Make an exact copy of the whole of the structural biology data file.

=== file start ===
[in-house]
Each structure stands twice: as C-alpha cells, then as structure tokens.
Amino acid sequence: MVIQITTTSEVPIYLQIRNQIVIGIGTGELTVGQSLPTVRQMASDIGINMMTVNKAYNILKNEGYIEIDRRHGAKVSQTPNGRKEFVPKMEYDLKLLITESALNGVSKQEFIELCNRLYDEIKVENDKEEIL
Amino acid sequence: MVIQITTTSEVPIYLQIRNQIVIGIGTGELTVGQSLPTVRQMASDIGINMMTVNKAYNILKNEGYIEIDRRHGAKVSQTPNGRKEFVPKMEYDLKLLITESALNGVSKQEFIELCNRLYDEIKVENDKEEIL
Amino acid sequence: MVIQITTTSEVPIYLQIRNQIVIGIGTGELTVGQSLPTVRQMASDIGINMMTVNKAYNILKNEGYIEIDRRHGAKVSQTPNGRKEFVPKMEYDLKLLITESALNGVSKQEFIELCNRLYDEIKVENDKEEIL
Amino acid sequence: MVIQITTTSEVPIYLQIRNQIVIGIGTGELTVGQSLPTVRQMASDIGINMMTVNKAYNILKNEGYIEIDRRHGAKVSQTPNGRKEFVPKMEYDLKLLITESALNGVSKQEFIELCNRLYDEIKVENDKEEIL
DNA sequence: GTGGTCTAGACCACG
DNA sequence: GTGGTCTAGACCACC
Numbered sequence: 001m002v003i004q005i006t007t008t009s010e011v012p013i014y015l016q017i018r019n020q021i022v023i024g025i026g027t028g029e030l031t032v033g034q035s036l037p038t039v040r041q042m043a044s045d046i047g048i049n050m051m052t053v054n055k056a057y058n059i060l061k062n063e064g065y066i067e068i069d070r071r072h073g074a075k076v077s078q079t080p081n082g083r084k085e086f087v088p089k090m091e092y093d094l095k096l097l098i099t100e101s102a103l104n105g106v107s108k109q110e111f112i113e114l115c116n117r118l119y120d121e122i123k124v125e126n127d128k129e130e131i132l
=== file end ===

[in-house]
Each structure stands twice: as C-alpha cells, then as structure tokens.
Amino acid sequence: MVIQITTTSEVPIYLQIRNQIVIGIGTGELTVGQSLPTVRQMASDIGINMMTVNKAYNILKNEGYIEIDRRHGAKVSQTPNGRKEFVPKMEYDLKLLITESALNGVSKQEFIELCNRLYDEIKVENDKEEIL
Amino acid sequence: MVIQITTTSEVPIYLQIRNQIVIGIGTGELTVGQSLPTVRQMASDIGINMMTVNKAYNILKNEGYIEIDRRHGAKVSQTPNGRKEFVPKMEYDLKLLITESALNGVSKQEFIELCNRLYDEIKVENDKEEIL
Amino acid sequence: MVIQITTTSEVPIYLQIRNQIVIGIGTGELTVGQSLPTVRQMASDIGINMMTVNKAYNILKNEGYIEIDRRHGAKVSQTPNGRKEFVPKMEYDLKLLITESALNGVSKQEFIELCNRLYDEIKVENDKEEIL
Amino acid sequence: MVIQITTTSEVPIYLQIRNQIVIGIGTGELTVGQSLPTVRQMASDIGINMMTVNKAYNILKNEGYIEIDRRHGAKVSQTPNGRKEFVPKMEYDLKLLITESALNGVSKQEFIELCNRLYDEIKVENDKEEIL
DNA sequence: GTGGTCTAGACCACG
DNA sequence: GTGGTCTAGACCACC
Numbered sequence: 001m002v003i004q005i006t007t008t009s010e011v012p013i014y015l016q017i018r019n020q021i022v023i024g025i026g027t028g029e030l031t032v033g034q035s036l037p038t039v040r041q042m043a044s045d046i047g048i049n050m051m052t053v054n055k056a057y058n059i060l061k062n063e064g065y066i067e068i069d070r071r072h073g074a075k076v077s078q079t080p081n082g083r084k085e086f087v088p089k090m091e092y093d094l095k096l097l098i099t100e101s102a103l104n105g106v107s108k109q110e111f112i113e114l115c116n117r118l119y120d121e122i123k124v125e126n127d128k129e130e131i132l